By Daniela Vidal
Definitions can stir up emotions and sometimes conflict. “Sustainability” doesn’t lack for either. This is the fifth in a series of looks at how Ticos define sustainability and what it means to them.
PUNTA MORALES, Costa Rica — Ramiro Segura Mendez studied marine biology as an undergraduate. Now the administrator of the National Station for Marine Sciences in Punta Morales, Segura works to form connections with surrounding communities and inform them about sustainable management of their resources.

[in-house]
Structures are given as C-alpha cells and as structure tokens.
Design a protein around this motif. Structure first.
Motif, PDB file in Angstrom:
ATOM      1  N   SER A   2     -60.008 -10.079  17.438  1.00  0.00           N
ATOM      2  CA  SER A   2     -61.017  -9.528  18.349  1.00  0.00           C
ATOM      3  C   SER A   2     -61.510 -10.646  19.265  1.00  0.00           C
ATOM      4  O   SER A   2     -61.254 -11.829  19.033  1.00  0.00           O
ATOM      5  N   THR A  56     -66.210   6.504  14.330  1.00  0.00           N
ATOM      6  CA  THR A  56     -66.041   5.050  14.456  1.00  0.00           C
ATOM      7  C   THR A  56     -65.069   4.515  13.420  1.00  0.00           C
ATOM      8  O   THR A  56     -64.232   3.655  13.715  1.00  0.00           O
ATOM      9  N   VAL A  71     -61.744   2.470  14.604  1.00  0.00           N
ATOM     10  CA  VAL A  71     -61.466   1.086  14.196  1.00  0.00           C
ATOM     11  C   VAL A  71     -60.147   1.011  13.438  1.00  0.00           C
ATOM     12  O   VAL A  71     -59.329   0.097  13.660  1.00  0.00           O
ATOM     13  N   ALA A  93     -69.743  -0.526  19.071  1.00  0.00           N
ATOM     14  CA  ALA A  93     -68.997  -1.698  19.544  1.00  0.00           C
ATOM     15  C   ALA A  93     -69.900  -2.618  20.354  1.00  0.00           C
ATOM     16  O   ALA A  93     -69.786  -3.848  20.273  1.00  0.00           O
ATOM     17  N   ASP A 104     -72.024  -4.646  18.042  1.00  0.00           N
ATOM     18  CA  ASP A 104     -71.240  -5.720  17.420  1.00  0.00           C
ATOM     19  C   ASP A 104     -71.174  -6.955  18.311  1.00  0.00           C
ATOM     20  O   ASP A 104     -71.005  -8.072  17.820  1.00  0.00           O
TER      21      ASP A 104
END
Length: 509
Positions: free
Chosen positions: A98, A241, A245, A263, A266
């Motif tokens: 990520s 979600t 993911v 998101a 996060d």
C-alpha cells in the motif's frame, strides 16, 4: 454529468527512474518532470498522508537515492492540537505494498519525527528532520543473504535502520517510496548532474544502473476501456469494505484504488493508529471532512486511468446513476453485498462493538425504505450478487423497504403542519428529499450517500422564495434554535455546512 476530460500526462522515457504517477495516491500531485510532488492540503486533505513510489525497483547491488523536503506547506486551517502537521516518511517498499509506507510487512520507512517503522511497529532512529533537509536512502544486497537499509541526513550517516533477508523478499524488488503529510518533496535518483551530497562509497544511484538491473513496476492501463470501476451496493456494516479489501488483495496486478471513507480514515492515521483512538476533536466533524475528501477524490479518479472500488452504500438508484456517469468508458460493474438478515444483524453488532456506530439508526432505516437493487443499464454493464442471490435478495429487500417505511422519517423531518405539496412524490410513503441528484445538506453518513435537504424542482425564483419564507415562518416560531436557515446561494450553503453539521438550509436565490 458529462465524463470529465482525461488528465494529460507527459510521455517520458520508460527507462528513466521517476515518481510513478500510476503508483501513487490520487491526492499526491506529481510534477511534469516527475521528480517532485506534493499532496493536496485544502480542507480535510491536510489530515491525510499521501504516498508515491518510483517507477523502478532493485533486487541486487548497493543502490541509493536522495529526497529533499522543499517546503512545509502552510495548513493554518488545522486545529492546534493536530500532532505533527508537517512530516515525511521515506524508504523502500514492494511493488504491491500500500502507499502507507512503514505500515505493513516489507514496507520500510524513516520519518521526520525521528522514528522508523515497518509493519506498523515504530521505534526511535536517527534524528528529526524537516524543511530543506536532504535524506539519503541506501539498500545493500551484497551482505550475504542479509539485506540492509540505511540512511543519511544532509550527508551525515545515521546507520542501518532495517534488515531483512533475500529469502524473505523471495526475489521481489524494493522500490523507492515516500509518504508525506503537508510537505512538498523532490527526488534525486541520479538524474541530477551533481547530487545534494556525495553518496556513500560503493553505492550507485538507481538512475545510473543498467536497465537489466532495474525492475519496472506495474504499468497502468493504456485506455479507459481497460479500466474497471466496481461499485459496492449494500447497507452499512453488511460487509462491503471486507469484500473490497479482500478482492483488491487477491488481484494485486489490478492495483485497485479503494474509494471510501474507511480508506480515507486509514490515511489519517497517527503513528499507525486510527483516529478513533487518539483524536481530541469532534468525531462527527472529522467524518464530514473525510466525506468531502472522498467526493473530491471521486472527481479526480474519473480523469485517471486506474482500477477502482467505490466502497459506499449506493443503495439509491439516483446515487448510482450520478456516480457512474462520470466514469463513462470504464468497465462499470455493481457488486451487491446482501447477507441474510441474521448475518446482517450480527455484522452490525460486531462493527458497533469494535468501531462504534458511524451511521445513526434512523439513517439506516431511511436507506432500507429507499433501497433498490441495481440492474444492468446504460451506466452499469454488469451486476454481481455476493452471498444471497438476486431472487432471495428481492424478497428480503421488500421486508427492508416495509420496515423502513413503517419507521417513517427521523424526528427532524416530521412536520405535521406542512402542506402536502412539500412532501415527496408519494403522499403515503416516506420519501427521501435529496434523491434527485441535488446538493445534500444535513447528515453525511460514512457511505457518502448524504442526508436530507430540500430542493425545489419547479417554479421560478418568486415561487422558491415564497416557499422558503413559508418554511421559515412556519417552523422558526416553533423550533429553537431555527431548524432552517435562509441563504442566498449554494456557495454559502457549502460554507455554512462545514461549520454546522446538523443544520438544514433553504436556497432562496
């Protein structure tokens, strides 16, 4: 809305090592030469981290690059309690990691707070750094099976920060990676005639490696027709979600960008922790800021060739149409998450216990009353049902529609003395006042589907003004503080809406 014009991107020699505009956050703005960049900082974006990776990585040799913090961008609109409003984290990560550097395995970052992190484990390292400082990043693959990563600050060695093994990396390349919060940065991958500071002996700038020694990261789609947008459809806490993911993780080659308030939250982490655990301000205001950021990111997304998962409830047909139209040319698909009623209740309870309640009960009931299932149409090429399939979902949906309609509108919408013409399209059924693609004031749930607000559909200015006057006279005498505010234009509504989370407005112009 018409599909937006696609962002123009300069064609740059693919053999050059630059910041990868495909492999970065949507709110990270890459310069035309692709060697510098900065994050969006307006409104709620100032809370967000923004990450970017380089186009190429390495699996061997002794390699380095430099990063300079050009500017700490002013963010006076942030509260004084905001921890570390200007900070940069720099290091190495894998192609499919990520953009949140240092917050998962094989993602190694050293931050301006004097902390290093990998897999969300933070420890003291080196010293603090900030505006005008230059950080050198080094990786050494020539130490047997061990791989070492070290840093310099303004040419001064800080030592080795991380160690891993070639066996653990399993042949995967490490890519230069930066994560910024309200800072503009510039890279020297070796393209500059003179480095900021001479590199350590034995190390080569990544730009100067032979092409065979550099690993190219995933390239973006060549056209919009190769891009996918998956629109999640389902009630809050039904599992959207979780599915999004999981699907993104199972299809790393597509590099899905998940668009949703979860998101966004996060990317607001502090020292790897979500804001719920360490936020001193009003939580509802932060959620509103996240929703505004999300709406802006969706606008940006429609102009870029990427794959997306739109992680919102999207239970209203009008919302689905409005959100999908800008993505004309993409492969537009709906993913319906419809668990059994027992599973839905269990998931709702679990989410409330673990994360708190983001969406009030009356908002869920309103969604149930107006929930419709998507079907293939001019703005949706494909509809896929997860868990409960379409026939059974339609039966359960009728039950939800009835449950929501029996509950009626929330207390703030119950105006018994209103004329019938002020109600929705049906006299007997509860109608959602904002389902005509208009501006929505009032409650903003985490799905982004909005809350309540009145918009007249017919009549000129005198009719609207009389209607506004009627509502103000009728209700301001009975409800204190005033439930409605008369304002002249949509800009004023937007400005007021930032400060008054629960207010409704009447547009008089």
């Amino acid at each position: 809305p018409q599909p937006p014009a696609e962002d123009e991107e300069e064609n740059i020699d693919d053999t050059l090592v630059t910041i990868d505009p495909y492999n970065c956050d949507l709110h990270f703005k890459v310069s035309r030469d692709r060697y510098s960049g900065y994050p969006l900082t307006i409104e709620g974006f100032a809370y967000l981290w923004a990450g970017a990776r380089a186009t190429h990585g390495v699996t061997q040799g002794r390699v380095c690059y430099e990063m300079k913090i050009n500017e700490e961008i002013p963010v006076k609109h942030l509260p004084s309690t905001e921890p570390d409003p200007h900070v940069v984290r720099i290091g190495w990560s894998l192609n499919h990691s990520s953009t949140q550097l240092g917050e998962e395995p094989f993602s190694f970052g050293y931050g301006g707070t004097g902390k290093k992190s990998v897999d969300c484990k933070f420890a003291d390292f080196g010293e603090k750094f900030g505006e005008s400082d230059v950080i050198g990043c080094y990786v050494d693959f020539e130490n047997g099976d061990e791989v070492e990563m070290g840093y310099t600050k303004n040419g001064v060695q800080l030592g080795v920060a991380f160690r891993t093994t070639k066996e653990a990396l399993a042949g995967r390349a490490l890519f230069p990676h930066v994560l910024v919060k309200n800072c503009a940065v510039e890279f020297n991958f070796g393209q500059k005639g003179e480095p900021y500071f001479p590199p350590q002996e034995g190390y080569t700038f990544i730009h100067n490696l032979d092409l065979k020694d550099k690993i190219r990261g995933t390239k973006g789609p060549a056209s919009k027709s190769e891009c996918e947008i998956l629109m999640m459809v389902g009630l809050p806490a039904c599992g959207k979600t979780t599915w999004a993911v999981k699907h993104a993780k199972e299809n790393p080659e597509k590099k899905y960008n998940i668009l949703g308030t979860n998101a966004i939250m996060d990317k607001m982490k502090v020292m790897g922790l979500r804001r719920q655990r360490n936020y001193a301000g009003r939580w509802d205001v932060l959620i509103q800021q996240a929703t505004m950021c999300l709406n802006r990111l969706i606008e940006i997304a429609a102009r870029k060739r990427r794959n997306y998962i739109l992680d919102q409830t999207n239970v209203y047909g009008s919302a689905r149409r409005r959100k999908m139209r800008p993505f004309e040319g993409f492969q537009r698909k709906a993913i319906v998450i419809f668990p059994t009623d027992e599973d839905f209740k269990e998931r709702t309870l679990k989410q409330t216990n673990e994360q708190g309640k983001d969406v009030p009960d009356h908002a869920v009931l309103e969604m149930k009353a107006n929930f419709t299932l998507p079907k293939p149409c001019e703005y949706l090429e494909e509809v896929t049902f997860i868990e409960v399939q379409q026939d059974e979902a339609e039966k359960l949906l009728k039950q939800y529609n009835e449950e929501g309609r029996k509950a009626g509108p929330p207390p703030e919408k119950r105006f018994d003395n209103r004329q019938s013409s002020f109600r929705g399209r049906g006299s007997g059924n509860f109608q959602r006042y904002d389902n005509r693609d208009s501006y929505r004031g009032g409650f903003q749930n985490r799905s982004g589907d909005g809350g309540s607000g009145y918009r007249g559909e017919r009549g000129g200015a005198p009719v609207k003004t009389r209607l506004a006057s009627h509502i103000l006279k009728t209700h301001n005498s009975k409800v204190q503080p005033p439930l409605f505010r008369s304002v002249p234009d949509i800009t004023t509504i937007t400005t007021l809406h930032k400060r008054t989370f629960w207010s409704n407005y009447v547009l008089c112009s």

“The word itself says it. It’s something that can be perpetuated in time. Sustainability allows future generations to make the most of their resources, which would be in the same condition or better. We have to learn from the past. We have present initiatives because of looking back. We can’t repeat that history [of destruction] again. If we do, then future generations will not be able to use the resources. I have two views of what can happen in the future. The first is if we follow a path of sustainability. There will be an abundance and growth of mangrove forest. The second is the disappearance of the mangrove trees.”